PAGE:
Indiana Daily Student

Catch up on the IU graduate workers coalition before the strike vote

<p>Protestors gather in support of the Indiana Graduate Workers Coalition-United Electrical Workers&#x27; efforts to have IU recognize their union on April 14, 2022, between Ballantine Hall and the Chemistry Building. Between Saturday and Monday, the IGWC-UE’s around 1,900 members will virtually vote on whether to authorize another strike, which would start Tuesday.</p>

Protestors gather in support of the Indiana Graduate Workers Coalition-United Electrical Workers' efforts to have IU recognize their union on April 14, 2022, between Ballantine Hall and the Chemistry Building. Between Saturday and Monday, the IGWC-UE’s around 1,900 members will virtually vote on whether to authorize another strike, which would start Tuesday.

After more than three years of protesting working conditions at IU which culminated last spring in a weekslong strike, members of the Indiana Graduate Workers Coalition-United Electrical Workers are now voting on whether to strike again starting this week. Since the last strike ended in May, IU has announced policy changes that address the IGWC-UE’s five main demands, but has withheld union recognition.

The Indiana Graduate Workers Coalition-United Electrical Workers formed in 2019 to fight for improved working conditions for graduate workers. IGWC-UE began pushing for union recognition last fall, after the March 2021 fee strike. IU rejected the IGWC-UE request for a union election last February, and still maintains this position.

Related: [Everything to know about the IU graduate worker strike]

Between Saturday and Monday, the IGWC-UE’s around 1,900 members will virtually vote whether to authorize another strike, which would start Tuesday. The Coordinating Committee, an elected group within the coalition, recommended Friday for members to vote against the strike. In a statement, the committee expressed hope that ongoing negotiations with Bloomington Faculty Council and the Graduate and Professional Student Government, which would last beyond the Monday strike vote deadline, would lead to partial union recognition this semester, making a strike unnecessary right now.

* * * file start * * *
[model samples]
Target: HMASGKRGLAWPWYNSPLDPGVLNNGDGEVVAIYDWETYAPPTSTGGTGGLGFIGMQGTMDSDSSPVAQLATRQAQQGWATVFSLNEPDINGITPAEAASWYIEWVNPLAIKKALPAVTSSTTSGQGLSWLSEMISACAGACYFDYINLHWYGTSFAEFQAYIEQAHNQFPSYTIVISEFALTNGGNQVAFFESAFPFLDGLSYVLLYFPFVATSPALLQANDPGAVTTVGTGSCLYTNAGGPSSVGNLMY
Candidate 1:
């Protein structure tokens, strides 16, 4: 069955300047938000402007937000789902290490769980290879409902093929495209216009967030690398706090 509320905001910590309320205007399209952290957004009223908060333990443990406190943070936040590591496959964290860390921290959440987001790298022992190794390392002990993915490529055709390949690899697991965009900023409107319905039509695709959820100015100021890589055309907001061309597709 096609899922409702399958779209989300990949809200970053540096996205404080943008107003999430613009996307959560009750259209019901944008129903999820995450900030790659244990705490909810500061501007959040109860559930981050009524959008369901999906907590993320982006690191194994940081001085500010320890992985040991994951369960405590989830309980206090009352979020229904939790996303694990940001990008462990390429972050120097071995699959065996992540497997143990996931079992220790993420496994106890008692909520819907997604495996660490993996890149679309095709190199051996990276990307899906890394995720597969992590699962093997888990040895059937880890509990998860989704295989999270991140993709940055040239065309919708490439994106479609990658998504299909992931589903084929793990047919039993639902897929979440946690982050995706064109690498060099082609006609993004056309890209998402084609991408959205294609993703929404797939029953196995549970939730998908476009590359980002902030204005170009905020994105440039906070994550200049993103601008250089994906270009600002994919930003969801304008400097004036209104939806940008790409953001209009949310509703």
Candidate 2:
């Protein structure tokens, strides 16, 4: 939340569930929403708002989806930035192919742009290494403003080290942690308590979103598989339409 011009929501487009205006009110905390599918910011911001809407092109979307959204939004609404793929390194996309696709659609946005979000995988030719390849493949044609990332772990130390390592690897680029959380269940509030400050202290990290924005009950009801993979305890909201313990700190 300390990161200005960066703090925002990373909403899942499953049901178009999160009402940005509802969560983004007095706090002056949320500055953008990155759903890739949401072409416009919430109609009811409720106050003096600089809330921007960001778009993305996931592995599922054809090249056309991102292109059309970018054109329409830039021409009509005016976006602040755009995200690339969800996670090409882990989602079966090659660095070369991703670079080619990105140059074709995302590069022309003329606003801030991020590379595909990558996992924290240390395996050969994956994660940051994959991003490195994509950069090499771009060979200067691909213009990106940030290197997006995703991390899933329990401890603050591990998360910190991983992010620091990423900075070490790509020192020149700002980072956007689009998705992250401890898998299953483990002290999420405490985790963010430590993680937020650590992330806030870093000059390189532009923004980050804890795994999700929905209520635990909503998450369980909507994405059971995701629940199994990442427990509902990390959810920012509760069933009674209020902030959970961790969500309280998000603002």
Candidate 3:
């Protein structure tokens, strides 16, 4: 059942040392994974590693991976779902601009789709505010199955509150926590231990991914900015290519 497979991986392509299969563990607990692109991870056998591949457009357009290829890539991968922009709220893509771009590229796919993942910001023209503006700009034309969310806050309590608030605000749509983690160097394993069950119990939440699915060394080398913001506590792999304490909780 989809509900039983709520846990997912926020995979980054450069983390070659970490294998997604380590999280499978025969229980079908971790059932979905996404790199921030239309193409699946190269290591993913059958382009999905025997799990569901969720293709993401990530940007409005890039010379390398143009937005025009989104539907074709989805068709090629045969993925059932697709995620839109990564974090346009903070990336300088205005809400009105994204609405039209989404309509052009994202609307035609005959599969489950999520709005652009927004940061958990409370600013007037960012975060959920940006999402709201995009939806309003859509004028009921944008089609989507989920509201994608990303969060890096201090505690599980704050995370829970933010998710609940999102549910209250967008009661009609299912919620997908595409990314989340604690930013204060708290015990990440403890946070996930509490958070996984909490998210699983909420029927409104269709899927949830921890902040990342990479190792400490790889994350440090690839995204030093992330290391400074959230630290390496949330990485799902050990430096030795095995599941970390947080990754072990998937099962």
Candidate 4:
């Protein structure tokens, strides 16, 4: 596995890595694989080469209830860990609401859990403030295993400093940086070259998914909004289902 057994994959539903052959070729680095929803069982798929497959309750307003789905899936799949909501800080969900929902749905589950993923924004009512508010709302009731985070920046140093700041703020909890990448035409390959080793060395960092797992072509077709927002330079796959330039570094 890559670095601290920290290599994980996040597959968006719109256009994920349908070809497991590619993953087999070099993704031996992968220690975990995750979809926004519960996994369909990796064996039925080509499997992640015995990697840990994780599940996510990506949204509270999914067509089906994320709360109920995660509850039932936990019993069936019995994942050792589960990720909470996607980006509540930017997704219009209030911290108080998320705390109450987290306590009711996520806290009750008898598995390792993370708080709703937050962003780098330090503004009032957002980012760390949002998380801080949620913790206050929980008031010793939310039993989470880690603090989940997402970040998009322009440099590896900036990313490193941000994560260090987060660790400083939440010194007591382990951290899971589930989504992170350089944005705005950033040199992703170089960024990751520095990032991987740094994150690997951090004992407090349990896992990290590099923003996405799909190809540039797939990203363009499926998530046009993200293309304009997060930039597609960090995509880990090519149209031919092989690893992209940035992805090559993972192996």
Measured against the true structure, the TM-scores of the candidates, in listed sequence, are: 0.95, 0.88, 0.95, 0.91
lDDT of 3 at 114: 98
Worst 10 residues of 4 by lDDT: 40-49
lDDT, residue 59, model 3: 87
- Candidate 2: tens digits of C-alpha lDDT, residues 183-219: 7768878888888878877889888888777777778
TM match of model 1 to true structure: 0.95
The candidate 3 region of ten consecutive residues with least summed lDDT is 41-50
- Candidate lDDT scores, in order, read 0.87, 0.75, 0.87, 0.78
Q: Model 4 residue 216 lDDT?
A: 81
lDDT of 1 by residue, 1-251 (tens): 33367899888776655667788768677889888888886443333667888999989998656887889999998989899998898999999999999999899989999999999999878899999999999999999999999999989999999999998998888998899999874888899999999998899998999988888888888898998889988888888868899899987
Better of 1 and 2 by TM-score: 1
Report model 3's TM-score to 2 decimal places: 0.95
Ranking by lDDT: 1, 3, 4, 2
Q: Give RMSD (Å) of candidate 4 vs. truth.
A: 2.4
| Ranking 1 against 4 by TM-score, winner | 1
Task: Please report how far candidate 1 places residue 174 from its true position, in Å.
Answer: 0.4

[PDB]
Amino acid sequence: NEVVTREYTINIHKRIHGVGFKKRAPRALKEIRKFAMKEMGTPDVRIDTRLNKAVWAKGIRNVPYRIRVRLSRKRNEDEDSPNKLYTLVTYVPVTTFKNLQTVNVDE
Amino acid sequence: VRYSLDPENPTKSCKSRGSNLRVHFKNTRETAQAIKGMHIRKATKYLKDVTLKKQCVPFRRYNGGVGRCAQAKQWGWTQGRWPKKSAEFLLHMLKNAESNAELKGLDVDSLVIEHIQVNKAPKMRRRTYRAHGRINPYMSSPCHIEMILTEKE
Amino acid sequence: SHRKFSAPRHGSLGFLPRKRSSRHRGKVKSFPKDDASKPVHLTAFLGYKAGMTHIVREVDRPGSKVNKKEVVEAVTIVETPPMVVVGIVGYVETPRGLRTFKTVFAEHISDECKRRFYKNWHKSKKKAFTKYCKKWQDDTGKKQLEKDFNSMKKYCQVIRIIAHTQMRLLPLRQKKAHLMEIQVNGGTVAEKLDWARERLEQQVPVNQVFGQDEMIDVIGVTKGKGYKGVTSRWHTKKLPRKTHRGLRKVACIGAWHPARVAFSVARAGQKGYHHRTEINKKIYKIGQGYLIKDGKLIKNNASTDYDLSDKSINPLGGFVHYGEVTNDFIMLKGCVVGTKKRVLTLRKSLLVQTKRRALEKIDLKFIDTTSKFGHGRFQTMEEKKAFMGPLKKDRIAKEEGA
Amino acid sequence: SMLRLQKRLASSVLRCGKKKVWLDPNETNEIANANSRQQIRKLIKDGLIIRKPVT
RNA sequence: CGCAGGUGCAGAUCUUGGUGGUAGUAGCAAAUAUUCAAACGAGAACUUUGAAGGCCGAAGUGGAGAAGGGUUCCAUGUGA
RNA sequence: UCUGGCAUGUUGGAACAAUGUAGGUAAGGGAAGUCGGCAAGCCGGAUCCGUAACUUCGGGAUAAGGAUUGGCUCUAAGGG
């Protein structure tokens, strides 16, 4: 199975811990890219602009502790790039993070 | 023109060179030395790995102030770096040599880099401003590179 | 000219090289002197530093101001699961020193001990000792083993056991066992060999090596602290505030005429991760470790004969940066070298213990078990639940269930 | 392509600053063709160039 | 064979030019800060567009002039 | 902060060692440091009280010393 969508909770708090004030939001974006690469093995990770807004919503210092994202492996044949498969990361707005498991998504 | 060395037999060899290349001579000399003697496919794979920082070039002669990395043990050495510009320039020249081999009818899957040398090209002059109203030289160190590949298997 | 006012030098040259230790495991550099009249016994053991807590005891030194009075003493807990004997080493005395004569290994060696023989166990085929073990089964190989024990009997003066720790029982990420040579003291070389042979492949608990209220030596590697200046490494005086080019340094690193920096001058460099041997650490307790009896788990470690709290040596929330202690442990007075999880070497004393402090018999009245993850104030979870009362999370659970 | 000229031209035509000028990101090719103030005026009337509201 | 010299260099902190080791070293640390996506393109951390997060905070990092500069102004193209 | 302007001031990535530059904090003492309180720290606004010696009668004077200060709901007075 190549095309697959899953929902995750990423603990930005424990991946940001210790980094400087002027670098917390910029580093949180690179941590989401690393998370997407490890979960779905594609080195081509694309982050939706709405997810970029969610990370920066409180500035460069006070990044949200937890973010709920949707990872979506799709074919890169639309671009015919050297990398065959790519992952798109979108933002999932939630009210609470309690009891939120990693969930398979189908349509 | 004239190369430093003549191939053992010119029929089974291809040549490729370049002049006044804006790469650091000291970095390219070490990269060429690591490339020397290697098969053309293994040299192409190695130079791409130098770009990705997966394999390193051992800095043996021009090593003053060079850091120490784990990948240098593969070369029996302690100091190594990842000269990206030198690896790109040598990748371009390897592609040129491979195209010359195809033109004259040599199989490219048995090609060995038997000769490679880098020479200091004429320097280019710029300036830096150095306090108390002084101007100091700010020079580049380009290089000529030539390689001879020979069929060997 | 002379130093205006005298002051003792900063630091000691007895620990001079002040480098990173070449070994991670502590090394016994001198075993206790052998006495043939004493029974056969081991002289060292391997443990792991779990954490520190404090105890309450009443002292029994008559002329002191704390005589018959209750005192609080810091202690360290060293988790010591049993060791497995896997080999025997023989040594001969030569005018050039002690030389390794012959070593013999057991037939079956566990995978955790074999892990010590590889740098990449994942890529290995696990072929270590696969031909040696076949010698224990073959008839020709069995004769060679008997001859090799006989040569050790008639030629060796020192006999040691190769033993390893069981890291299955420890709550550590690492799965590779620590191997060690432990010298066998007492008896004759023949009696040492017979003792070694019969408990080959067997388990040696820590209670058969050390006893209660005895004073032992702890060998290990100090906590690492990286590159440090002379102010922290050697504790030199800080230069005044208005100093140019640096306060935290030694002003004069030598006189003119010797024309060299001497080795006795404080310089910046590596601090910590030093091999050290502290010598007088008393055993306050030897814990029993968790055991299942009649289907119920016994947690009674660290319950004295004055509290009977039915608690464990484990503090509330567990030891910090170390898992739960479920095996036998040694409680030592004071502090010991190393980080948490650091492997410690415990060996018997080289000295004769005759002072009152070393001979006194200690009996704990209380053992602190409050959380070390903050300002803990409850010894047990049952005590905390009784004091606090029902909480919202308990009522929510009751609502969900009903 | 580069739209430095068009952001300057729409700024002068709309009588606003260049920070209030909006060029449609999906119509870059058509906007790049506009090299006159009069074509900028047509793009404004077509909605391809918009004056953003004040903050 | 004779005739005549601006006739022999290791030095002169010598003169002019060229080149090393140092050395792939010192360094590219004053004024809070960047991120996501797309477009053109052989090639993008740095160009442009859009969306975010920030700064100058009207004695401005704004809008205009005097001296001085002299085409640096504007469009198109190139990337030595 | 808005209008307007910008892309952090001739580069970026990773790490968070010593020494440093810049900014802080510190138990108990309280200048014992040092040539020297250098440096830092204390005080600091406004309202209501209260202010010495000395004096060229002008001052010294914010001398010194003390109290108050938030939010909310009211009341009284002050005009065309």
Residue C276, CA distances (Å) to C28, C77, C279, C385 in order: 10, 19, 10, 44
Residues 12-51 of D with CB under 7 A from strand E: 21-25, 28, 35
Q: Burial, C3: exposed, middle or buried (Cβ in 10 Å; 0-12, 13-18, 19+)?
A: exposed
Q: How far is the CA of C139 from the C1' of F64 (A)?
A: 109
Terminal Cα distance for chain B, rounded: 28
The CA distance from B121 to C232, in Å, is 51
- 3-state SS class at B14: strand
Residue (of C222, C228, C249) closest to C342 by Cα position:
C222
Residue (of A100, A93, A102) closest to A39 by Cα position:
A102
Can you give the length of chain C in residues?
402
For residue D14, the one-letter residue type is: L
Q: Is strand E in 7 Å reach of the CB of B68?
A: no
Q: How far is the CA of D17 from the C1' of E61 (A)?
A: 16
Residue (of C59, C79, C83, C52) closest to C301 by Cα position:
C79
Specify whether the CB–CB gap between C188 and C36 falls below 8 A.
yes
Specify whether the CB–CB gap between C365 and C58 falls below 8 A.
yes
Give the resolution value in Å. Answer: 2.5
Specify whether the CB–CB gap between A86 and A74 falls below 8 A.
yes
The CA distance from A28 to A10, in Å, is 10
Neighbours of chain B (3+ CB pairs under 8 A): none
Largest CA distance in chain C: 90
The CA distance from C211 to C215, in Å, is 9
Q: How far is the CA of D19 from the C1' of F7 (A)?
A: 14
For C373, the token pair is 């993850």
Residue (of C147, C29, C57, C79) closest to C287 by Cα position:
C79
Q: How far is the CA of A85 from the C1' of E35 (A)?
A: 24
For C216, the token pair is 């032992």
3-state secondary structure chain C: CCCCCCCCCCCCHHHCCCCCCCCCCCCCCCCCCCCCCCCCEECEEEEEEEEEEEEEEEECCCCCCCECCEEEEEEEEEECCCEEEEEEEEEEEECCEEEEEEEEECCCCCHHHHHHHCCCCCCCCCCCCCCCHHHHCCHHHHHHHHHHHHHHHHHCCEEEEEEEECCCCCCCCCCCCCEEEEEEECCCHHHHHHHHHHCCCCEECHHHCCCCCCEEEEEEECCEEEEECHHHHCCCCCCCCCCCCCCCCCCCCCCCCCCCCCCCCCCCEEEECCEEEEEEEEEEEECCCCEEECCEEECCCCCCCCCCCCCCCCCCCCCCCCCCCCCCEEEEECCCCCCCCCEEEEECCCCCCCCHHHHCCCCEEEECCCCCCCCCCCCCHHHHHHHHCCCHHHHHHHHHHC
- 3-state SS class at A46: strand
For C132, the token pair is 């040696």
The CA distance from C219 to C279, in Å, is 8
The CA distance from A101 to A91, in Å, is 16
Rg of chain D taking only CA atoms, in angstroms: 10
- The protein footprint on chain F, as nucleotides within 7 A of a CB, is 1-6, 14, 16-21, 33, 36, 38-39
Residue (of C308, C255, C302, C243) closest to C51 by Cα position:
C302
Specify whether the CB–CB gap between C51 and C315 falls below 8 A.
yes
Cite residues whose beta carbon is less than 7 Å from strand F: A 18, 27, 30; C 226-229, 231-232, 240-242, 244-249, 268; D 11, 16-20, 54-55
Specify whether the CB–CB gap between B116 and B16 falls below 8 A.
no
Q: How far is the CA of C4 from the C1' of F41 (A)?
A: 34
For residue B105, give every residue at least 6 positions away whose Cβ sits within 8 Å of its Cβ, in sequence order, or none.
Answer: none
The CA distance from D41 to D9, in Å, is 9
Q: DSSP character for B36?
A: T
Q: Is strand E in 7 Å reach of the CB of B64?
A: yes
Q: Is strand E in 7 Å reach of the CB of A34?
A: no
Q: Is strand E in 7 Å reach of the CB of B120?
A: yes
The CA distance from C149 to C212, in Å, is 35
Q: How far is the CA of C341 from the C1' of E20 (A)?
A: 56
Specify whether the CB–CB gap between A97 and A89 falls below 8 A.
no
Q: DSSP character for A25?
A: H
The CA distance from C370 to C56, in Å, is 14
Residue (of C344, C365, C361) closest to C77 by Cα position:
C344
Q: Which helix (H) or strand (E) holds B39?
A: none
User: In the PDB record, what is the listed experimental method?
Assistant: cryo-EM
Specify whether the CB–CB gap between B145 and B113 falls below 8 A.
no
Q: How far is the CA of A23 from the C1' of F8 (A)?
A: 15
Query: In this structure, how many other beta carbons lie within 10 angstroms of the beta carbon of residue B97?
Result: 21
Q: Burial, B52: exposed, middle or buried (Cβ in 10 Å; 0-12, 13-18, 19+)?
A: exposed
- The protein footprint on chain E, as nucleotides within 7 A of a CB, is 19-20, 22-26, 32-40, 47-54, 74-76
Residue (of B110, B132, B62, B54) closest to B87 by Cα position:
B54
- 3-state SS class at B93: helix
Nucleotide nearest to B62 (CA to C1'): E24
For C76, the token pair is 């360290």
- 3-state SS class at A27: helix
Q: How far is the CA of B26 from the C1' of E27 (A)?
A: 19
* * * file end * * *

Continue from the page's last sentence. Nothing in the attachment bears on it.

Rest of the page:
In May, the Bloomington Faculty Council voted in favor of recognizing the graduate workers union, passing two resolutions which IGWC-UE’s Twitter celebrated as victories. While the BFC lacks the power to recognize the union officially on behalf of the university — that decision falls to the Board of Trustees — the resolutions serve as a call to action for the IU community.

The first resolution asserts the power to reappoint student academic appointees — graduate students who hold part-time teaching or research appointments — belongs to departments, not the vice provost for faculty and academic affairs or the provost, and that no SAA will risk future reappointment for striking. Resolution 3B urged the Board of Trustees to arrange an election for union recognition and for IU administrators to talk immediately with IGWC-UE.

Despite the BFC’s encouragement, the Board of Trustees refused to recognize the graduate workers union in May in a letter to the BFC obtained by the Indiana Daily Student. The Board acknowledged working conditions for SAAs need improvements, but said a graduate workers union would be “incompatible” with IU’s approach.